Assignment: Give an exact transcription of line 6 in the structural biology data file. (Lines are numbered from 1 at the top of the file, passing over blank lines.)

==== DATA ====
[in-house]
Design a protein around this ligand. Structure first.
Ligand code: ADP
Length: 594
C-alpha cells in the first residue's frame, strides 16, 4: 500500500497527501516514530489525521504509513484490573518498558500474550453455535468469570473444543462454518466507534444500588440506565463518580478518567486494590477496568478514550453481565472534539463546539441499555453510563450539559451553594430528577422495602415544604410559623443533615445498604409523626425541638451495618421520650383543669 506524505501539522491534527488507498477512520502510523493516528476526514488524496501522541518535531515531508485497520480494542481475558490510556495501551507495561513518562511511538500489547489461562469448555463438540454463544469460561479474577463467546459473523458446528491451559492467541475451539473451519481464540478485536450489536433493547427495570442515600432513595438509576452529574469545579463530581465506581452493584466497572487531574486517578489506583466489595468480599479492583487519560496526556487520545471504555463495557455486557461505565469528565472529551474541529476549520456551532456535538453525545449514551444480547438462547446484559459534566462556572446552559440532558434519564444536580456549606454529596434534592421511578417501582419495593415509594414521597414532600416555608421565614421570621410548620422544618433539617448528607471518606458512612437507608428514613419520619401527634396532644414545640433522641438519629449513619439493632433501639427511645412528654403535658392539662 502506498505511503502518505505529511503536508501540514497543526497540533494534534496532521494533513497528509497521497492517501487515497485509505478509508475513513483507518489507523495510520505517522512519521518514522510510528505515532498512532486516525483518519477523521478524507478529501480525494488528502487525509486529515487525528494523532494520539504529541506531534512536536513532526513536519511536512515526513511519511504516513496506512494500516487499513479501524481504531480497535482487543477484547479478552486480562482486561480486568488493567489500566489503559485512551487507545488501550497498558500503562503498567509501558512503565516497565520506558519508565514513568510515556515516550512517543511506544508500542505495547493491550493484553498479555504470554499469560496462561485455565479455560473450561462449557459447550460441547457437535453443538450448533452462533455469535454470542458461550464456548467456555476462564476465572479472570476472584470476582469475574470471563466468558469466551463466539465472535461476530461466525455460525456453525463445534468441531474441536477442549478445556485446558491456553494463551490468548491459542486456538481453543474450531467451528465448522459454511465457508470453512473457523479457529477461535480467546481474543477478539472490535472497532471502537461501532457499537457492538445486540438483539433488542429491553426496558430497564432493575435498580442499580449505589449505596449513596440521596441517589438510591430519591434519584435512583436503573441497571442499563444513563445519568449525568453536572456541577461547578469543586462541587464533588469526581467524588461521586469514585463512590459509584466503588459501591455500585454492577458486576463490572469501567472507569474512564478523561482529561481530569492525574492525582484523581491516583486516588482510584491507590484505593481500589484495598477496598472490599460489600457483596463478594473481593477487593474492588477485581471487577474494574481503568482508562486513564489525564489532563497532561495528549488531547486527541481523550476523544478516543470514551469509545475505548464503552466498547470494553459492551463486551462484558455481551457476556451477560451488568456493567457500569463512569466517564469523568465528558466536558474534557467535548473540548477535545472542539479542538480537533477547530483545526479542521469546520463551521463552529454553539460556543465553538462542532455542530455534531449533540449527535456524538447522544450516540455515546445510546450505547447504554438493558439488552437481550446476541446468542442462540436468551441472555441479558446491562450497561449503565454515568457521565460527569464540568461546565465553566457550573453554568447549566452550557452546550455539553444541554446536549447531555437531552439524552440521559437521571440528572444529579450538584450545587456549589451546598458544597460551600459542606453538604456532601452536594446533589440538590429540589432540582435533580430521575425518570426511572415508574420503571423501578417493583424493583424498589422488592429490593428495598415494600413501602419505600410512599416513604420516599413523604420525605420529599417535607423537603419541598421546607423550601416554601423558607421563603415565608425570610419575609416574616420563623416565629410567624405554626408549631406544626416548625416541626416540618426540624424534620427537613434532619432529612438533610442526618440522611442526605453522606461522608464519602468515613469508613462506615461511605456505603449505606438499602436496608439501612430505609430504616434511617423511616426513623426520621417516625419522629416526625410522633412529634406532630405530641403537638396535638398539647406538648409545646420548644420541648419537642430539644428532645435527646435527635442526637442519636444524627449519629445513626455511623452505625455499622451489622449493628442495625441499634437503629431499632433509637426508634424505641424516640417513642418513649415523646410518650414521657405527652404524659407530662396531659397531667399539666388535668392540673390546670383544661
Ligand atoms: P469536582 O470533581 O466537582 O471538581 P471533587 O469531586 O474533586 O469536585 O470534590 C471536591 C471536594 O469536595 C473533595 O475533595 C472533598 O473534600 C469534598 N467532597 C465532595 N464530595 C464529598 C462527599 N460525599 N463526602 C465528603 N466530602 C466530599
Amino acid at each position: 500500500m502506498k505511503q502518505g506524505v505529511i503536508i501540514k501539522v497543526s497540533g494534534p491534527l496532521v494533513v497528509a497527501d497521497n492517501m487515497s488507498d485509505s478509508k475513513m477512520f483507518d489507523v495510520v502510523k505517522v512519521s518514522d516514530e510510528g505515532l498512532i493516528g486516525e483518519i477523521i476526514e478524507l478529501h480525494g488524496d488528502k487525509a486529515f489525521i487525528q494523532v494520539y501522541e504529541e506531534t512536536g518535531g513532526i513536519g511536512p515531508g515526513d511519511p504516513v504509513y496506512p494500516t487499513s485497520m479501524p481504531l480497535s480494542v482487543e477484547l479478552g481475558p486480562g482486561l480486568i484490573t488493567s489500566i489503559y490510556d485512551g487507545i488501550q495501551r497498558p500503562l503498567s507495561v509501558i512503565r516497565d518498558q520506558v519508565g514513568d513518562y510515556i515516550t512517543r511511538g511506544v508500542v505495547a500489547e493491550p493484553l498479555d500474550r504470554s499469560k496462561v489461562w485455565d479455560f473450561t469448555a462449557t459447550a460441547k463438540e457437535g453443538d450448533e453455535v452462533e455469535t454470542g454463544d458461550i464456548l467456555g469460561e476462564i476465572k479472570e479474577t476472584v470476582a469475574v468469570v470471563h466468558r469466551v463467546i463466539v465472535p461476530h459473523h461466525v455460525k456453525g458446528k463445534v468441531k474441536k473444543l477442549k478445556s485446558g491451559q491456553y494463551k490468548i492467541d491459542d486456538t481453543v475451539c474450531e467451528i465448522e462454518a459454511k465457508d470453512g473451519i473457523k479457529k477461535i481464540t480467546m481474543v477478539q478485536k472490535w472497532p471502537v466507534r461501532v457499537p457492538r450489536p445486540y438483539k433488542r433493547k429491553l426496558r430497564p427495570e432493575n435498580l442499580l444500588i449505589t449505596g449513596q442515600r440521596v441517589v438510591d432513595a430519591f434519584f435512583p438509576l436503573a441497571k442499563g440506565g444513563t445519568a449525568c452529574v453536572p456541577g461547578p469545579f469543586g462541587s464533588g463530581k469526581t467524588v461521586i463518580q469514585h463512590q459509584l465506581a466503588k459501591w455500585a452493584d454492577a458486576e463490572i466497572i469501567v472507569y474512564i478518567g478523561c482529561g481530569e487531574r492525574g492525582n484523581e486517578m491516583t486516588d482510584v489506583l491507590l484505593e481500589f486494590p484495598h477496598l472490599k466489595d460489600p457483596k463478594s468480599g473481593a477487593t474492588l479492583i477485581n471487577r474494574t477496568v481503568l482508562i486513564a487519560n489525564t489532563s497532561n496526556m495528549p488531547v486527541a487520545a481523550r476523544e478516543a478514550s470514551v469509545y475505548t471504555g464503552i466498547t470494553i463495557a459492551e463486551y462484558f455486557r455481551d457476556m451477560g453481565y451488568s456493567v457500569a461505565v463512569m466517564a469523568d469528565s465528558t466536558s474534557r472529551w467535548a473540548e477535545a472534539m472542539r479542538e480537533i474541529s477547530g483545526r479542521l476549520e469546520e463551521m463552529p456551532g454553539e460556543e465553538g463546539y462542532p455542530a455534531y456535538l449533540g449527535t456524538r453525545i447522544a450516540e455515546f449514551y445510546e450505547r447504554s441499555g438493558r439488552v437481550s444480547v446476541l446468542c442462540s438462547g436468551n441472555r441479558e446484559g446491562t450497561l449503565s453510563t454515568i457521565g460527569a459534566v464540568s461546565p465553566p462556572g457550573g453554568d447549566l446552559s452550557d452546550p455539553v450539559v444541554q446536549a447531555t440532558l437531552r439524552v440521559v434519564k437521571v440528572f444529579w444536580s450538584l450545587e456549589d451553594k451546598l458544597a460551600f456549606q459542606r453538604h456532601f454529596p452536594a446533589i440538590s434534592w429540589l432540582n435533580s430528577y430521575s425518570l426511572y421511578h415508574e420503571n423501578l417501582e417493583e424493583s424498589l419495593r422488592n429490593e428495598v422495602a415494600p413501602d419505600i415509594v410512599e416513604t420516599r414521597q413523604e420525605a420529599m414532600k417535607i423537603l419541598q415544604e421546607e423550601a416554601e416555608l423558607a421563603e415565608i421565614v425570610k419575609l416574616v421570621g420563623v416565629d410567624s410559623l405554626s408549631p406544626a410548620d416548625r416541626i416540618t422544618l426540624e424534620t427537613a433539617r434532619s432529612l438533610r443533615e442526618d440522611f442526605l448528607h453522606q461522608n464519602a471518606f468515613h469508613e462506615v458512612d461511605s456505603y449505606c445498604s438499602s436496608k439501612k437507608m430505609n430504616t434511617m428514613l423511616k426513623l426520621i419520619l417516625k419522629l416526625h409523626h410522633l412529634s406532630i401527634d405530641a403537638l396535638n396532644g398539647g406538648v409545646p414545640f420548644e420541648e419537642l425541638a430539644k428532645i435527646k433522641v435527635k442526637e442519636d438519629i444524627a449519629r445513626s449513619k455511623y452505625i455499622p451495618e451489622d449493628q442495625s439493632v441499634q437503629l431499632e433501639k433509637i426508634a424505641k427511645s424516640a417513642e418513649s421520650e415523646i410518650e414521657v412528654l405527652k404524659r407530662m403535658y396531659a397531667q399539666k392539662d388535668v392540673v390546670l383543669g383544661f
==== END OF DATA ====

Ligand atoms: P469536582 O470533581 O466537582 O471538581 P471533587 O469531586 O474533586 O469536585 O470534590 C471536591 C471536594 O469536595 C473533595 O475533595 C472533598 O473534600 C469534598 N467532597 C465532595 N464530595 C464529598 C462527599 N460525599 N463526602 C465528603 N466530602 C466530599